The Higdons were evicted from the school, but continued teaching in the open air on the village green, in the flowery lanes, and in a tiny vacant cottage, coalsheds and anywhere space could be found to do so. 'A Strike School' had now been set up, in direct competition with the council school, the latter having replaced the Higdons with two new members of staff.

Meanwhile, in order to force the parents into making sure their children returned to the council school, fines were imposed on them. At first these were relatively small, totalling £2 and 5 shillings [£2.25 in today's currency] on  April 7 1914, but rose to £8 later the same month. Some parents had wanted to refuse to pay, and to go to jail. However, collections amongst supporters at rallies on the village green raised the money, and fearing they would inflame the situation further the council stopped issuing summonses. In the early days of the dispute up to 1,500 people are reported to have assembled on the village green.

This was not the end of the matter though, schoolboys were to be assaulted by the local policeman and the parson, and there were brutal attacks in which sticks were used. The policeman did not charge or prosecute himself! Others also faced victimisation; the caretaker at the council school was threatened with dismissal for refusing to send his children there. Fortunately, the threat was not carried out. The vicar attempted to evict some of his tenants who were supporting the strike.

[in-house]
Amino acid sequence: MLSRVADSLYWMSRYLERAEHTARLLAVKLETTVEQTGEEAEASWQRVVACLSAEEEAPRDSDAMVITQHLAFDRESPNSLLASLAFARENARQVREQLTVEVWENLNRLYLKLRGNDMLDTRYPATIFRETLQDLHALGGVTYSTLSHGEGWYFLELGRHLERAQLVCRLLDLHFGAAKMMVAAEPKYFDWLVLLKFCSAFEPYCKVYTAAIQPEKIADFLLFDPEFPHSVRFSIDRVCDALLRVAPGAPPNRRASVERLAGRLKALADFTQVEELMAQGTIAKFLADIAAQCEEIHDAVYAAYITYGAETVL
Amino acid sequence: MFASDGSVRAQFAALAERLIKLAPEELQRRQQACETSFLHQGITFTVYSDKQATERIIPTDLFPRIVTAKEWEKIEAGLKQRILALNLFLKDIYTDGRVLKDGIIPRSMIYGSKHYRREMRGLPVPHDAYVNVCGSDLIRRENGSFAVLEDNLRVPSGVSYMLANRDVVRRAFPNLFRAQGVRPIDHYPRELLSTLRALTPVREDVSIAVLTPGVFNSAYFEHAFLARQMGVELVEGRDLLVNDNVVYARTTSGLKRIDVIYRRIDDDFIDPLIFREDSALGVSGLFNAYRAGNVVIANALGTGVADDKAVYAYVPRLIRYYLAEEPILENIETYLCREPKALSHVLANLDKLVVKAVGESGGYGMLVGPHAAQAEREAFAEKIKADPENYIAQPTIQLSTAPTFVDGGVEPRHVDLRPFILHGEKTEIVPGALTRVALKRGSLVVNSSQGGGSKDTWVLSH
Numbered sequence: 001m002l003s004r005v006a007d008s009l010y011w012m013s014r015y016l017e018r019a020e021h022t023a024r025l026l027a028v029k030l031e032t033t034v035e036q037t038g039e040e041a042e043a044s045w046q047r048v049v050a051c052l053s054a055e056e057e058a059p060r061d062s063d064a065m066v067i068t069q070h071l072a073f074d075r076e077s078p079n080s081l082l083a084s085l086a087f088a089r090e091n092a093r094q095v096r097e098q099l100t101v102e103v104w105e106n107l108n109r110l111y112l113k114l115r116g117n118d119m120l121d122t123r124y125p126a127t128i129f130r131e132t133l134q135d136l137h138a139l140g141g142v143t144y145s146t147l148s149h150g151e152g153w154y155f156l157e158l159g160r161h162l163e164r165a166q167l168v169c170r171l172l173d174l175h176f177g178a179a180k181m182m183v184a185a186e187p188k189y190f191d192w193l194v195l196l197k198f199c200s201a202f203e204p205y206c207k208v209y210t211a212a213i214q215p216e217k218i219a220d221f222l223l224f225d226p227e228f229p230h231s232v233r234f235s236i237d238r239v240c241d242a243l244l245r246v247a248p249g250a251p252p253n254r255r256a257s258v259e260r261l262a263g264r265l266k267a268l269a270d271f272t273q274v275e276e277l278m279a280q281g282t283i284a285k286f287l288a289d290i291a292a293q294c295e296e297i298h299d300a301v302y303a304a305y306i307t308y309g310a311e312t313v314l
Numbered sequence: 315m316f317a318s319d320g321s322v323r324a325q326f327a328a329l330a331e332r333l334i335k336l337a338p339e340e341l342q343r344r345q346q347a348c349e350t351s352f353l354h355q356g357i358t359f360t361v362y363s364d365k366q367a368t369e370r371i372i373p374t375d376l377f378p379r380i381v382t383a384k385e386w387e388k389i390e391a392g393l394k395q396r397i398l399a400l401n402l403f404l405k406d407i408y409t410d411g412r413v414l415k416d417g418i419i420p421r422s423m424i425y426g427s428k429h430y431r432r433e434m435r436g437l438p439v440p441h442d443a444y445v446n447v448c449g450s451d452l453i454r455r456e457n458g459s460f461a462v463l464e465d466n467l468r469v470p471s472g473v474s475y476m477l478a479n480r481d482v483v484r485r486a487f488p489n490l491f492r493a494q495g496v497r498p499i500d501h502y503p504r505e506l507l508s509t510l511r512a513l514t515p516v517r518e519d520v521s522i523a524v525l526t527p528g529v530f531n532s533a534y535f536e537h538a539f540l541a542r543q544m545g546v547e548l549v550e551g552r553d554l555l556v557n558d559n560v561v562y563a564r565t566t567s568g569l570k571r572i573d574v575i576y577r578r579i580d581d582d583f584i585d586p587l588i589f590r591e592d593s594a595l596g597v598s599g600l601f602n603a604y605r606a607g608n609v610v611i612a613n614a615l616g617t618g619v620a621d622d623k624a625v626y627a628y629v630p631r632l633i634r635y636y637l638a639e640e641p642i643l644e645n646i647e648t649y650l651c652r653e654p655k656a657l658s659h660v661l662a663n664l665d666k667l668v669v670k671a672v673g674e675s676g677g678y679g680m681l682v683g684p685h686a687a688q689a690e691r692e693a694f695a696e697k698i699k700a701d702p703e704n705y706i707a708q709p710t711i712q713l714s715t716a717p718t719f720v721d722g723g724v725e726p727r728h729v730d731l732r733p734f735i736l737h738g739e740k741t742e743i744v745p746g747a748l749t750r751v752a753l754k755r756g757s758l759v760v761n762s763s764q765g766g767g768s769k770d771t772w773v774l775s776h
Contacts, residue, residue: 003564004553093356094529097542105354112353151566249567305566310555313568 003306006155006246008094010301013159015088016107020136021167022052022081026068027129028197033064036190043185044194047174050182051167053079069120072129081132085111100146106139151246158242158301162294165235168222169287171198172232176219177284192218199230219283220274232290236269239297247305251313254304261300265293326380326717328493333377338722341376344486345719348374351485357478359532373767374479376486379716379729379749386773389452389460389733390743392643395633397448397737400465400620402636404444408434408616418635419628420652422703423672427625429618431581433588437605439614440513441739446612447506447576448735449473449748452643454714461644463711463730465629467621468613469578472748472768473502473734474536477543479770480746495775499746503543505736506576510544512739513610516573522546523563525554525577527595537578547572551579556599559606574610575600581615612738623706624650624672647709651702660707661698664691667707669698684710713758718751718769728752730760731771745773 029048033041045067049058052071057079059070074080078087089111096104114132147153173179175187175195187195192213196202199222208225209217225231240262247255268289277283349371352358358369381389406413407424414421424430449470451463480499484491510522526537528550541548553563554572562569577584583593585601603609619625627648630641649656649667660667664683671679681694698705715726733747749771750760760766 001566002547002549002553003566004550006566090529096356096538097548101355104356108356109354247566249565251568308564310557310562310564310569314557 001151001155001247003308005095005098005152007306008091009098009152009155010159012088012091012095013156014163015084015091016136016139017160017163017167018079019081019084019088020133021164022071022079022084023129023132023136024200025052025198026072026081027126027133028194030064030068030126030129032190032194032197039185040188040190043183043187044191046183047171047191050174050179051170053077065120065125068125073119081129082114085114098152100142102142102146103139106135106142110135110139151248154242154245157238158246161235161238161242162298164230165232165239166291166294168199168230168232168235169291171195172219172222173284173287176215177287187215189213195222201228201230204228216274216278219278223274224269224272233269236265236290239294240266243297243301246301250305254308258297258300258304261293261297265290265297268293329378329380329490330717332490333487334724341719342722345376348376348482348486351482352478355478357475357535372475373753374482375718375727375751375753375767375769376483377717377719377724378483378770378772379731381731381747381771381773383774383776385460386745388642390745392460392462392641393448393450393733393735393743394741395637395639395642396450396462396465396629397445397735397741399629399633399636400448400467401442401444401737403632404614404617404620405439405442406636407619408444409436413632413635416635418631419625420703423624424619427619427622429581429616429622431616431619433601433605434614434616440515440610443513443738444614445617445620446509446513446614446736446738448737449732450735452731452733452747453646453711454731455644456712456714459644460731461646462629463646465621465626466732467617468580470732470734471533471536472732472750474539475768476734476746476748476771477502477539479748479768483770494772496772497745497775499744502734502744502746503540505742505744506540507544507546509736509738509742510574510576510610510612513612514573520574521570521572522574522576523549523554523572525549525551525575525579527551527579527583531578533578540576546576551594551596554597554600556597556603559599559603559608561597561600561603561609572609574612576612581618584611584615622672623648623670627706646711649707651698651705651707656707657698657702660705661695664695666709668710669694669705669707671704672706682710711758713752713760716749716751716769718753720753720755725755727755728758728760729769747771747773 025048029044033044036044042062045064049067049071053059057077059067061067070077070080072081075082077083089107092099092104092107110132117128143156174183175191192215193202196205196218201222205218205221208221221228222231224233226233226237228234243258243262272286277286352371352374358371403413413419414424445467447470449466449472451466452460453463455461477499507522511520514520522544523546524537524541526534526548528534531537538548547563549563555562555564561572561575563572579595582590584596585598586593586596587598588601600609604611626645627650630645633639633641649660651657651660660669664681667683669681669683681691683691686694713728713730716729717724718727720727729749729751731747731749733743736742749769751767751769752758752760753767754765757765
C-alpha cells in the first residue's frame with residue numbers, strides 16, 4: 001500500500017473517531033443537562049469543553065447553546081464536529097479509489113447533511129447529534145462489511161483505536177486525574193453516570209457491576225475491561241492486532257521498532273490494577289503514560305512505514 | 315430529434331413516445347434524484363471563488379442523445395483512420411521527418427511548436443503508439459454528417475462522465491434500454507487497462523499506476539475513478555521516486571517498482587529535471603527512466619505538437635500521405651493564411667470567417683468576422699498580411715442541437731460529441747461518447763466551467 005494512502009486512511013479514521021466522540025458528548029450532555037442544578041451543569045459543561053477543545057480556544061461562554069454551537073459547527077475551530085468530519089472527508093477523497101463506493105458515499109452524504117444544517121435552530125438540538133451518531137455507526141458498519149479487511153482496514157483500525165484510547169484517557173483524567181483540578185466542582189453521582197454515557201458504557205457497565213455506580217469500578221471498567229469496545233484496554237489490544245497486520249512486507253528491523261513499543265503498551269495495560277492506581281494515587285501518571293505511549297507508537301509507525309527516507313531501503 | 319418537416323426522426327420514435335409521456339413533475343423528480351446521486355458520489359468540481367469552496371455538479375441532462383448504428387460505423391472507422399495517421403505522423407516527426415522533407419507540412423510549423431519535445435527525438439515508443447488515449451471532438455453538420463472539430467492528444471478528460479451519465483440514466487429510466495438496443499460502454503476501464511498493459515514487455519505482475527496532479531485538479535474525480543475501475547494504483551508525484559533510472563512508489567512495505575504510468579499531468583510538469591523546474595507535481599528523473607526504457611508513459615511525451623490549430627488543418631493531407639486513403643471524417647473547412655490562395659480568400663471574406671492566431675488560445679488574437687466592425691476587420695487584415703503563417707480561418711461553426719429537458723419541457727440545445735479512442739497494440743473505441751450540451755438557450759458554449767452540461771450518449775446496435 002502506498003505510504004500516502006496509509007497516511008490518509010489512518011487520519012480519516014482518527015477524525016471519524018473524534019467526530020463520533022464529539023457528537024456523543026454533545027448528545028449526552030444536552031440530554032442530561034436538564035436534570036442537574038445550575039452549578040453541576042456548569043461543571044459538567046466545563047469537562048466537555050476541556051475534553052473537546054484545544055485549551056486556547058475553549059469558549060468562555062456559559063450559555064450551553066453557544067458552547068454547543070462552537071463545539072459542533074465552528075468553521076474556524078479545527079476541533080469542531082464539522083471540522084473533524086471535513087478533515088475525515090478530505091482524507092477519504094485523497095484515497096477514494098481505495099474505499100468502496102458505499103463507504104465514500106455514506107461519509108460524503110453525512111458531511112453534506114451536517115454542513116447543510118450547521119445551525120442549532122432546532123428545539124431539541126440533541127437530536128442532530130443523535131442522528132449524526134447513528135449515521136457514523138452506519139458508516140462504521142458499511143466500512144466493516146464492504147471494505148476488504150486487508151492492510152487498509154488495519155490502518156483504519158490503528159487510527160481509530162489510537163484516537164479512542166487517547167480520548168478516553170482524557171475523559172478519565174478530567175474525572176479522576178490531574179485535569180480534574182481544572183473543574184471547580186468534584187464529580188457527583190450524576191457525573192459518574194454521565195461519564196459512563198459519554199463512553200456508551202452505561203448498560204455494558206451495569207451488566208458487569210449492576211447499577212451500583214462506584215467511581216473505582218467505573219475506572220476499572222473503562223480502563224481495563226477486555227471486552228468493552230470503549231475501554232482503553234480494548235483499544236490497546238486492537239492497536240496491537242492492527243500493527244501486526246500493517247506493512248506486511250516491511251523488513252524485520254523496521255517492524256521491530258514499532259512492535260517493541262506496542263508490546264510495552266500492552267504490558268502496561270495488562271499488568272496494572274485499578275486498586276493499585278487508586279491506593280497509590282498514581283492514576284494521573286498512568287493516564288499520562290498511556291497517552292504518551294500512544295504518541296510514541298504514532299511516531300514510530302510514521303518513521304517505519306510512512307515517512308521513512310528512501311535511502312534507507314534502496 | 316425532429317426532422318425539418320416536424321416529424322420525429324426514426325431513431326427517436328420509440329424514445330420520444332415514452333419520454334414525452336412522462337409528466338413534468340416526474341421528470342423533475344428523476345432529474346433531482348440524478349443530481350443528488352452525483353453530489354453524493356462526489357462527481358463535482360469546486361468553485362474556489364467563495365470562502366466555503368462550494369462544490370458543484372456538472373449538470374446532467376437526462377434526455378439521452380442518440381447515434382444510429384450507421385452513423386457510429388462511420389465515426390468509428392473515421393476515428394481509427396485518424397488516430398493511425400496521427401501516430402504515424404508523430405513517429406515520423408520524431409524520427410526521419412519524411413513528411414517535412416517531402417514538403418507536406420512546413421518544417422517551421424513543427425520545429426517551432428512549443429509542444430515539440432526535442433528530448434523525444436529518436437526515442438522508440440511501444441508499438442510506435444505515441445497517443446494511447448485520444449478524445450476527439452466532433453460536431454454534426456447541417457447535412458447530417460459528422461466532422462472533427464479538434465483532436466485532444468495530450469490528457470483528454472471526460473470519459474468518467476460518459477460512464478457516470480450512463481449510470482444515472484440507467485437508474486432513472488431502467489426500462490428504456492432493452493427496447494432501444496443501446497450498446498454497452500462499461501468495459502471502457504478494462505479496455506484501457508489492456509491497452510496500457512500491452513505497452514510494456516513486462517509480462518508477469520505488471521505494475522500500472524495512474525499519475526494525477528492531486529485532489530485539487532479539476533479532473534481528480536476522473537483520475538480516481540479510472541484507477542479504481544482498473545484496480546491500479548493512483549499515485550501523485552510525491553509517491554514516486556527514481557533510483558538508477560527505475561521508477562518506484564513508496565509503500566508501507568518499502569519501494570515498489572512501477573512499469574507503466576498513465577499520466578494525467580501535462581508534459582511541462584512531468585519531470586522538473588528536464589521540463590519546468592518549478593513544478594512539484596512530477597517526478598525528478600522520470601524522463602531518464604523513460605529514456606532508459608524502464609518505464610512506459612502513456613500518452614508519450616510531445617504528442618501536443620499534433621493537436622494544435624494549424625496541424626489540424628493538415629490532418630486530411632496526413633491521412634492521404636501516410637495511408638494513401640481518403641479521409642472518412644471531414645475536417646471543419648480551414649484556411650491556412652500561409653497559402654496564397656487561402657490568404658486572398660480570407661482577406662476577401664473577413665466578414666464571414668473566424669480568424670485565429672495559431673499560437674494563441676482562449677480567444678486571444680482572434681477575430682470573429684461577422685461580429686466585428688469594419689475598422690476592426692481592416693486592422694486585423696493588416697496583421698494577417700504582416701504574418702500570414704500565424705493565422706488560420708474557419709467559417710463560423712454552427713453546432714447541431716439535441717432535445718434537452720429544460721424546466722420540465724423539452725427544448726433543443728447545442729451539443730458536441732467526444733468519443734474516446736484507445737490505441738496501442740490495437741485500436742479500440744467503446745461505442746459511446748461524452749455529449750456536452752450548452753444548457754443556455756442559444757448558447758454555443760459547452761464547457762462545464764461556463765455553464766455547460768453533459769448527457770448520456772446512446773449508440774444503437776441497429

Official Inspectors were sent to visit the strike school, which by this time was more 'permanently based' in the Old Carpenter's Shop. In general, they approved of the conditions in which the children were being taught and the quality of education being received. It is probably just as well, because the parents and children were determined to support the strike. Demands for re-instatement, and the re-establishment of the Principles of Freedom and Justice continued to be proclaimed.

Desperate attempts by opponents to get soldiers, recruiting locally, into harassing the Higdons turned into a farce when the soldiers met them and refused to engage in any campaign against them.

Agricultural Labourers' Union and the National Union of Railwaymen [NUR] rallied to the Higdons' cause and so too, eventually, did the National Union of Teachers, who provided financial support, back-dated to the time of their dismissal. Meetings were held over a wide area of Norfolk by the Labourers' Union and in London by the NUR. Teachers and children appeared at all of them. Funds were raised from all over country. Money even came from abroad, a remarkable achievement considering there was a World War going on.